Legislation that began as an effort to eliminate head shops from the state of Florida ended up improving the laws in our industry’s favor.
The original version of HB 49 outlawed the sale of pipes and smoking devices, regardless of their intended use. This threatened to put the state’s 300 smoke shops out of business.
At a time when public opinion and legislation has been trending in our favor, Florida’s bill was poised to send the state backwards. This would have been a significant setback for manufacturers and distributors outside of Florida as well. According to research by Headquest Magazine, Florida is the 3rd largest buyer of pipes behind only California and Texas.
But Jay Work, the owner of Grateful J’s, wasn’t going to sit back and watch out-of-touch politicians legislate his store out of business. He quickly got to work organizing a coalition known as the Florida Smoke Shop Association.
They hired legal representation and a lobbyist with direct access to Florida state senators. This allowed the smoke shops to communicate the problems with HB 49 and an alternate version was introduced in the Senate.
This new bill contained one vital amendment. Rather than criminalizing the sale of all pipes, which can be used to smoke tobacco and other legal herbs, the law now applies only to sales where the retailer is knowingly and willfully selling a pipe that is intended for use with an illegal substance.
This amendment, which is more industry-friendly than the federal paraphernalia law, was adopted into the House version of the bill and passed by both chambers. The bill now goes to Gov. Rick Scott for his signature and will go into effect on July 1, 2013.
This effort to rid Florida of pipes stems from one man’s personal mission. Darryl Rouson, a member of Florida’s House of Representatives since 2008, was addicted to crack cocaine in the 1980s. He is the former chair of the National Bar Association’s Substance Abuse and Addictions Task Force and has headed a substance abuse ministry at Mount Zion Progressive Missionary Baptist Church.
Rouson’s misguided war against smoke shops dates back to at least 2001 when he was charged with petty theft after taking 11 tubes from Sam’s Shell. The charges were dropped, but in 2004 he was convicted of trespassing following an altercation at Purple Haze.
He escalated the fight in 2009 when he introduced HB 187. This bill, which was signed into law but won’t go into effect until the end of 2013 due to legal challenges, mandates that a retail establishment cannot generate more than 25% of its annual revenue from the sale of pipes.
Not content with limiting the sale of pipes, Rouson decided to try to ban pipes entirely with HB 49. Exemptions were made for traditional tobacco pipes, but the reality is that glass pipes are used by people who smoke tobacco and plenty of other legal herbs.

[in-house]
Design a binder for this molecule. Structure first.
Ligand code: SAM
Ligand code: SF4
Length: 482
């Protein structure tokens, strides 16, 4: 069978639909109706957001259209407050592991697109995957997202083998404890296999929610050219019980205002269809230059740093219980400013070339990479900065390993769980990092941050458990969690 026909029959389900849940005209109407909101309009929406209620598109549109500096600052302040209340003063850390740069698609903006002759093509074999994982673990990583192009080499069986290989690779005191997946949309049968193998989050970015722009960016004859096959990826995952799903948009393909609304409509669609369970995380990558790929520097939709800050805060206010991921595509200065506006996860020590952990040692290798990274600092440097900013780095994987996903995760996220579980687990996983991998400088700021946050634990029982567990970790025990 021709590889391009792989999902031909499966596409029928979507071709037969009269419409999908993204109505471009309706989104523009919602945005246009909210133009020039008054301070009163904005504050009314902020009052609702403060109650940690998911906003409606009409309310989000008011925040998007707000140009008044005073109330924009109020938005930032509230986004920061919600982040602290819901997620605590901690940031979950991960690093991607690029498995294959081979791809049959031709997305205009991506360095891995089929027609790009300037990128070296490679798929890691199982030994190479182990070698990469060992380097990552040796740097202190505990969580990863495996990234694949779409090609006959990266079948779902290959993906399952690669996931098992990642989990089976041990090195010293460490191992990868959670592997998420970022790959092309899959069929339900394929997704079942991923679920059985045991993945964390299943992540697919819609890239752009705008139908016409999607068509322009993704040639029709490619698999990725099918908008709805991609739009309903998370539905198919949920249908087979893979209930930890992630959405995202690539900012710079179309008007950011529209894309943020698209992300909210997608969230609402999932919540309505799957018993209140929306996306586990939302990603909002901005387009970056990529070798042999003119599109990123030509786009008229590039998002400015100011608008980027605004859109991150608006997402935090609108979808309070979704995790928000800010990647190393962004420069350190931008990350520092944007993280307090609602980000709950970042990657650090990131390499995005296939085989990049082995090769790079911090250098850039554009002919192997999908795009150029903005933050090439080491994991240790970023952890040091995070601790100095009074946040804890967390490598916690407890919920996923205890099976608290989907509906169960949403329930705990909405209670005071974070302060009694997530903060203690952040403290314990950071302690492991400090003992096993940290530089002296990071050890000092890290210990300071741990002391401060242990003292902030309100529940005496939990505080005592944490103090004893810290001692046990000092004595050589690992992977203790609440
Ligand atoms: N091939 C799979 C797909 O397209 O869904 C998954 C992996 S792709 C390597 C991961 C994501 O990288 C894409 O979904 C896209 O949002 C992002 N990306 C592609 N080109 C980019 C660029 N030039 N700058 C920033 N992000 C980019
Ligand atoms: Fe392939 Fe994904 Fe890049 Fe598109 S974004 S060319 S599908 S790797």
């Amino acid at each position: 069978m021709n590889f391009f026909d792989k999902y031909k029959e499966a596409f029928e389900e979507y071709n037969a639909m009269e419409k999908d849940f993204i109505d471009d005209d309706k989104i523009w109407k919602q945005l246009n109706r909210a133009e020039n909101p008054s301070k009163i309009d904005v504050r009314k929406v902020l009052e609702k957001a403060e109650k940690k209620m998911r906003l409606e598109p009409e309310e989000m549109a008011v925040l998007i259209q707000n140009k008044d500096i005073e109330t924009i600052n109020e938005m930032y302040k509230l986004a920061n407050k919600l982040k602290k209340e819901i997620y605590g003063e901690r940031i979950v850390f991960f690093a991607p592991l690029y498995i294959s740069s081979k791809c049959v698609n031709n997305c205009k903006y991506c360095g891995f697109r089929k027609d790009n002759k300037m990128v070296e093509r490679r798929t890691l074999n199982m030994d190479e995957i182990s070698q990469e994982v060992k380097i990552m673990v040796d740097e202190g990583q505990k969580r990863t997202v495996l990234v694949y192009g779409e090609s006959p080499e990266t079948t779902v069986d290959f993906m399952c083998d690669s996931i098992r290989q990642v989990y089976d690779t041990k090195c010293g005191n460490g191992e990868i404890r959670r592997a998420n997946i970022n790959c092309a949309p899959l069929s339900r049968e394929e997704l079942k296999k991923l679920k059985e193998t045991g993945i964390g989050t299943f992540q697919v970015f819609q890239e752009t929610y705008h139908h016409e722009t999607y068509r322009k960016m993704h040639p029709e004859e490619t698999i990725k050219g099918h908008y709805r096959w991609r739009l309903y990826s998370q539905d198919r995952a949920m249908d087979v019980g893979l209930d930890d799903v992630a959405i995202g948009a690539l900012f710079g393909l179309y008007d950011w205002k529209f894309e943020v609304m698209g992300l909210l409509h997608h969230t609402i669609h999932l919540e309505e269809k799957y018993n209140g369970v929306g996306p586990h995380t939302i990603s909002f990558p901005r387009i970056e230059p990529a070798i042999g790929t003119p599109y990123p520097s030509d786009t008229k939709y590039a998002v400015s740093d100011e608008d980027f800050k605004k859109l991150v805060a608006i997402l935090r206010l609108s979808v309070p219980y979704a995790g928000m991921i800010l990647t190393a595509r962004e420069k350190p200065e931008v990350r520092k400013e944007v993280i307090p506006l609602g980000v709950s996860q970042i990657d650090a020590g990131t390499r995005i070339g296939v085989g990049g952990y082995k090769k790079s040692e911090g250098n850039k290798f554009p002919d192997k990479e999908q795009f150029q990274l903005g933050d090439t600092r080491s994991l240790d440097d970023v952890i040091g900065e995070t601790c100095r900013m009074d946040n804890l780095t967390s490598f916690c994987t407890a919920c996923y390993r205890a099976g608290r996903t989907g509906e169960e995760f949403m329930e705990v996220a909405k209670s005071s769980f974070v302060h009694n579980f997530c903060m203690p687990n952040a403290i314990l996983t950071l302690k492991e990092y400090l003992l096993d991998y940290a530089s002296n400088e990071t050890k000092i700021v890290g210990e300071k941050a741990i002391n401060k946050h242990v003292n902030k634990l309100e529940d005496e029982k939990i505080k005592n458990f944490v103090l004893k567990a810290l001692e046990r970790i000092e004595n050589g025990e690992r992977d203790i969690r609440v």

There is only one reason that Florida smoke shops weren’t legislated out of business in May and that is the united front created by the Florida Smoke Shop Association. By banding together, making their collective voices heard, and raising money to pay for lawyers and a lobbyist, these retail stores and glass artists were able to change state law in their favor.
As our industry has grown over the past few years, we’ve been hearing more calls for unity and organization. This nearly catastrophic event in Florida proves the necessity and effectiveness of trade associations to our future.
“There is only one reason that Florida smoke shops
weren’t legislated out of business in May
and that is the united front created by
the Florida Smoke Shop Association.”
The FSSA has 65 member stores (as of May 8th) and that list continues to grow. Retail stores can join for a $1,000 donation and membership for glass artists is just $200.
In addition to protecting their legal interests, members get benefits like discounts and free products from industry vendors. Any store that joins right now will get $1,000 in merchandise from a detox company, effectively making it free to join.
In April, during the Glassroots Art Show in Austin, over 50 people turned out to hear Jay speak about HB 49 and the Florida Smoke Shop Association. Seeing this many people show up at 9am, an hour before the show opened, demonstrated the intense interest in this issue and the broader topic of industry unity.
Jay said that the younger shop owners have embraced the organization and recognize the value. It’s the old guard that takes more convincing. They’re afraid of being on a list, to which he passionately argued, “You’re already on the fucking list! That’s why they made the bill.”
This fight is far from over. Although sanity prevailed on HB 49, the FSSA is going to need member unity and financial support to challenge HB 187 when it goes into effect. And Rouson isn’t likely to give up his life’s mission to rid Florida of what he calls “utensils of death.”
Those of us who aren’t in Florida can do our part by donating money directly to the FSSA. And artists are encouraged to donate glass pieces to be auctioned in support of the organization. More information about joining the FSSA can be found at www.FloridaSmokeShops.org.
By Matt LaPrairie